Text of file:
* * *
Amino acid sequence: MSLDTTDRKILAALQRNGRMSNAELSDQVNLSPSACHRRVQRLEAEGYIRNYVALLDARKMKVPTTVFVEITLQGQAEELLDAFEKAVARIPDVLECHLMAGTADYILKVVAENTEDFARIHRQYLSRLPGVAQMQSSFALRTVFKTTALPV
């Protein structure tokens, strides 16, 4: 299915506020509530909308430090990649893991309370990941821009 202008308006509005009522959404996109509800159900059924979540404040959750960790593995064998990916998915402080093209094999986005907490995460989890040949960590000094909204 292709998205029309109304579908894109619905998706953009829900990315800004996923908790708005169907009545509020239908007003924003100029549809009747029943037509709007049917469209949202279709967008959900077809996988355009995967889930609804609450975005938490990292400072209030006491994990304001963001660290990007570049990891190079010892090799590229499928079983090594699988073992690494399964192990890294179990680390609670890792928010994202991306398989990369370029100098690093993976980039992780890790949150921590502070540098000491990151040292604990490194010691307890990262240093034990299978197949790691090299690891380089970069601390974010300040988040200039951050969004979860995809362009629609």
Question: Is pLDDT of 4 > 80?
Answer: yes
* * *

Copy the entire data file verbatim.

Amino acid sequence: MSLDTTDRKILAALQRNGRMSNAELSDQVNLSPSACHRRVQRLEAEGYIRNYVALLDARKMKVPTTVFVEITLQGQAEELLDAFEKAVARIPDVLECHLMAGTADYILKVVAENTEDFARIHRQYLSRLPGVAQMQSSFALRTVFKTTALPV
């Protein structure tokens, strides 16, 4: 299915506020509530909308430090990649893991309370990941821009 202008308006509005009522959404996109509800159900059924979540404040959750960790593995064998990916998915402080093209094999986005907490995460989890040949960590000094909204 292709998205029309109304579908894109619905998706953009829900990315800004996923908790708005169907009545509020239908007003924003100029549809009747029943037509709007049917469209949202279709967008959900077809996988355009995967889930609804609450975005938490990292400072209030006491994990304001963001660290990007570049990891190079010892090799590229499928079983090594699988073992690494399964192990890294179990680390609670890792928010994202991306398989990369370029100098690093993976980039992780890790949150921590502070540098000491990151040292604990490194010691307890990262240093034990299978197949790691090299690891380089970069601390974010300040988040200039951050969004979860995809362009629609």
Question: Is pLDDT of 4 > 80?
Answer: yes